[pulseaudio-discuss] 3.0 release schedule
tanuk at iki.fi
Fri Jun 29 09:43:50 PDT 2012
On Mon, 2012-06-11 at 11:06 +0200, David Henningsson wrote:
> > If we had 3-month cycles, the amount of work needed to polish a release
> > should be smaller,
> I'm not sure that this is correct. I guess it is also depending on the
> "what is a release critical bug" question.
What release tasks do you think there are that are not directly
proportinal in effort to the length of the release cycle? I don't see
how the release critical bug criteria question is relevant here: with
3-month cycles, the amount of blocker bugs per release should be half of
the amount of blocker bugs per release with 6-month cycles,
independently of what the criteria are for blocker bugs.
> > so the delays should be shorter too, and even in case
> > of a badly delayed release, you'd get newer PulseAudio version in Ubuntu
> > than with a badly delayed 6-month cycle.
> True - but if we end up spending less time testing the every release as
> a result of releasing more often, would that cause quality to suffer? Or
> would it lead to more frequent checkpoints; causing errors to be caught
> earlier? Hard to tell.
Getting changes faster to the general public will of course make the
bugs in those changes to become visible faster. As for diminished amount
of release candidate testing with more frequent releases: at least I
don't do any extra testing during release preparations, so more frequent
releases wouldn't impact my contribution to the testing. (To be clear, I
don't consider my contribution to testing to be zero: I always run a
development version of Pulesaudio on my computer, so the features that I
need in my limited personal use cases are continuously getting tested.)
Are there any people ("testers") who regularly run some test set on
release candidates? If there are such people, for them more frequent
releases would increase the workload, which might lead them to stop
doing what they are now doing. I'm not aware of any such people, but
maybe they just don't keep much noise about themselves.
Then there are distributions that might push the release candidates to
their users. I think these are the most valuable release candidate
testers. For the distribution maintainers, increasing the release
frequency would again increase the workload, possibly leading to them to
stop caring about the release candidates. I don't have any idea how
likely that scenario is. Your experience would be one data point: let's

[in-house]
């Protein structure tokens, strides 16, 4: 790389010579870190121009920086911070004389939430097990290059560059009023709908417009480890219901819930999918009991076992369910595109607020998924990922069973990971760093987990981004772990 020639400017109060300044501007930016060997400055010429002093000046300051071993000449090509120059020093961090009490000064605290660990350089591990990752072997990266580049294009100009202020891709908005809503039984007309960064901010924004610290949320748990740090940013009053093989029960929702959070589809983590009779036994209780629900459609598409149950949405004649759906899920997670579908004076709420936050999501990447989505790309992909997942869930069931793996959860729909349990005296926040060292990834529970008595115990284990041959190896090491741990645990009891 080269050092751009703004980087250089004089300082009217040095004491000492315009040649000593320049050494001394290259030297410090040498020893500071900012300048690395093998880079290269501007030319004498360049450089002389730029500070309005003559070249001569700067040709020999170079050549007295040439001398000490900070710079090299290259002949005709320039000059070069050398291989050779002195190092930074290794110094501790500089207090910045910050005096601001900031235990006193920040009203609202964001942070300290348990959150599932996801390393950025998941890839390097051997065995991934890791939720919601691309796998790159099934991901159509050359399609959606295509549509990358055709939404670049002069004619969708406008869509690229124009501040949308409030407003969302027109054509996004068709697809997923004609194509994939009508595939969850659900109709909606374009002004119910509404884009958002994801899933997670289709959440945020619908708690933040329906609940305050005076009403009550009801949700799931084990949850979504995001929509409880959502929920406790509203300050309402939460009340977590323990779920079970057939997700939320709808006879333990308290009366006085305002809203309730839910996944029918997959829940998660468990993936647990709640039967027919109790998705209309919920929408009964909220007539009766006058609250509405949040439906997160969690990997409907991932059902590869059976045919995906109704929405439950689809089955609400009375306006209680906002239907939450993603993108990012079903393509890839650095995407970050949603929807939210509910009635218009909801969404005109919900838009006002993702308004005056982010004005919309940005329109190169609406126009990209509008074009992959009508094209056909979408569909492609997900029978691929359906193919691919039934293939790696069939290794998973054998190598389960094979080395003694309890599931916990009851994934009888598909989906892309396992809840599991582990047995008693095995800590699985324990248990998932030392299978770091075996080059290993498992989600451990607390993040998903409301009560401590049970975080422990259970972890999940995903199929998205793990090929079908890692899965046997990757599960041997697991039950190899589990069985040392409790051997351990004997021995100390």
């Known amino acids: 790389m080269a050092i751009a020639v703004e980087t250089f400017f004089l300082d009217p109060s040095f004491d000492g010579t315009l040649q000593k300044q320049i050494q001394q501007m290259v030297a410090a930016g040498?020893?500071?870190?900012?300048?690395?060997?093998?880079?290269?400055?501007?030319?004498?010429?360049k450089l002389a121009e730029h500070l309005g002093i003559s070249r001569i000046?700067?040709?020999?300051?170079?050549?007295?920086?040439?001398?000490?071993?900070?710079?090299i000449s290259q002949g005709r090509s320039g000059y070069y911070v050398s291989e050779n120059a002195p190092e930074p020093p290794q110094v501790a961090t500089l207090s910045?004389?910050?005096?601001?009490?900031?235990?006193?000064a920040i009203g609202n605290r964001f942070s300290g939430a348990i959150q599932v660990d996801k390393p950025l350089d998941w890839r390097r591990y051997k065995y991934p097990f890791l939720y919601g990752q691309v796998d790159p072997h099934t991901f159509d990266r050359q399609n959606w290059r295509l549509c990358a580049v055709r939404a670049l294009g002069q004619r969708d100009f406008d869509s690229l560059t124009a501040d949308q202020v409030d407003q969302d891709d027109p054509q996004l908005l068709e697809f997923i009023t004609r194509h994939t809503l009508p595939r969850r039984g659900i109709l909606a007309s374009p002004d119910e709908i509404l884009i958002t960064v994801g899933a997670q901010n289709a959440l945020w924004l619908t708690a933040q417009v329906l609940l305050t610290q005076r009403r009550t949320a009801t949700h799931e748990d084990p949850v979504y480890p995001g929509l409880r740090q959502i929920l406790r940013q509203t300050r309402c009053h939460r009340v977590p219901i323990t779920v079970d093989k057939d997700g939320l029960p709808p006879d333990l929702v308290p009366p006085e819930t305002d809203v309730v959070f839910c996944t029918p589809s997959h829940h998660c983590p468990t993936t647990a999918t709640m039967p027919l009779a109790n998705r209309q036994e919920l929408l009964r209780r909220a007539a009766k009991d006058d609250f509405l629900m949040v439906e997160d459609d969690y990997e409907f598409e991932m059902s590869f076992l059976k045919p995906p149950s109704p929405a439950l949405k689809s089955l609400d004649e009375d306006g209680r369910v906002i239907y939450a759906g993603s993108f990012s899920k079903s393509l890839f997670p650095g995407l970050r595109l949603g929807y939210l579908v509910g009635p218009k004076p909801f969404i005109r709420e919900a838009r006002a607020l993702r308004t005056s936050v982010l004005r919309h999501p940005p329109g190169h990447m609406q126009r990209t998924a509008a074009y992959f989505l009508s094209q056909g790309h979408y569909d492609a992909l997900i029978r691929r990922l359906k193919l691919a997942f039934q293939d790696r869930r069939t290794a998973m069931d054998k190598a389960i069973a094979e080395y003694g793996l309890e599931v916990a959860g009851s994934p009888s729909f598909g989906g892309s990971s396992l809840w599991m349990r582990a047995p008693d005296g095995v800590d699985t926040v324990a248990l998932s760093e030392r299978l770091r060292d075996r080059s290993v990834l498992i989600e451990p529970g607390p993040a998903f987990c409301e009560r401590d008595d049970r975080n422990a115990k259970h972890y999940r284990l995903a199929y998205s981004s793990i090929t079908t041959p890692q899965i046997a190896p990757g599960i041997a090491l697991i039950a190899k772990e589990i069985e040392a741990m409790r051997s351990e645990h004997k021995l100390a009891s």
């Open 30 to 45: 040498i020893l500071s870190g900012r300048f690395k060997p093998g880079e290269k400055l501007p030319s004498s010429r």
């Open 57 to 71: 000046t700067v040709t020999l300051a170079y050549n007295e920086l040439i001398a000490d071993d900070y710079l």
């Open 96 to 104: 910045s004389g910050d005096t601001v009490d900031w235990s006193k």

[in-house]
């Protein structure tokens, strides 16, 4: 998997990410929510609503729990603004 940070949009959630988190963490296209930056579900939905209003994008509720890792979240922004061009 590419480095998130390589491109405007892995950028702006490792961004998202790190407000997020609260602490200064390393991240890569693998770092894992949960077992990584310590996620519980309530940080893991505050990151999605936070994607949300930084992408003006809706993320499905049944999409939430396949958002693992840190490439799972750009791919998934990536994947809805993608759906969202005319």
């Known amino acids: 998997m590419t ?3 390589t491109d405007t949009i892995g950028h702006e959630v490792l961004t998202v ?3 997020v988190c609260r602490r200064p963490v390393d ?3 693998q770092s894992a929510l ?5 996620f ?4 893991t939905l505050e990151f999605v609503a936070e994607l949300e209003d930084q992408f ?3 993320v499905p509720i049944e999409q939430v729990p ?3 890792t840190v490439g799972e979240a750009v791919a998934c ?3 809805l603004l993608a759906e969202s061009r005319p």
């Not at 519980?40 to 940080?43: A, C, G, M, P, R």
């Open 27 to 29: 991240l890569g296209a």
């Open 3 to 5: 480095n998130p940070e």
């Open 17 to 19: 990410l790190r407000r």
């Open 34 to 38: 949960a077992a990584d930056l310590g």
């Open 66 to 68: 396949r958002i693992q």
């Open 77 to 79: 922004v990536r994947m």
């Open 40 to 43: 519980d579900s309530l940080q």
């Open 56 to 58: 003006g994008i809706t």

say that the release cycle was 3 months, and PA 4.0 would be released
soon after Ubuntu 12.10, would you bother pushing the release candidates
for 4.0 to Ubuntu, knowing that 13.04 would probably end up using PA
> > I don't really see how the mission could affect the release schedule,
> > unless the mission is something like "contribute to distibution X's
> > success by fulfilling all of its sound server needs". If the mission is
> > to cater to some specific distribution, then it of course makes sense to
> > align as well as possible to that distribution's schedule, but I don't
> > think anyone is suggesting such mission.
> The question is quite relevant IMO. When Lennart ruled the project, I
> believe the mission was to do just that (for Fedora). And even if we
> don't target a specific distribution these days, we still have Gnome and
> KDE releasing on 6-month schedules. On the other side we have Linux,
> which releases every 2-3 months.
> Are there more upstream projects that could be beneficial to align with,
> to make it easier for *any* distribution to get a consistent stack?
I don't myself see the point of explicitly aligning to Gnome or KDE or
anything else if they don't ask for it themselves. As long as you, as an
Ubuntu representative, remain the only person who has opinions about
PulseAudio release dates based on hard facts, I don't mind aligning to
Ubuntu at all. If other distributions start giving similar input, we can
then do a compromise between them and Ubuntu, until there are so many
conflicting wishes that a compromise becomes impossible and we can start
> > I don't mind discussing the mission and vision, it might very well be
> > beneficial, but maybe it should have its own thread?
> Sounds reasonable.
> Finally, I don't want to throw Ubuntu's release cycle in your faces and
> say "here, follow this or else", I hope nobody took it as that, and I
> can (and have to) live with whatever we come up with.
No, I haven't seen any bad attitude from you :)
> What would work best for me would be hard release dates, and I can only
> say that it has been working out well for Ubuntu as well. Semi-hard
> would work as well; where the release can float a week or two depending
> on bugs etc, but requires a track record of us being able to live up to
> that. Currently, our track record of having months of delay between
> scheduled release and actual release, which makes planning difficult. :-(
If you really think that hard release dates are useful, we can increase
the freeze length until we start reliably hitting the release dates. The
alternative is that you ignore our stated release date plan and make
your own guess about how long the process will take after the freeze
date. I'm not sure if there's a big difference, and either one is fine
The third alternative is that everybody promises to work harder to make
the freezes nice and short, and then meet those promises. But at least I
won't make any such promises.
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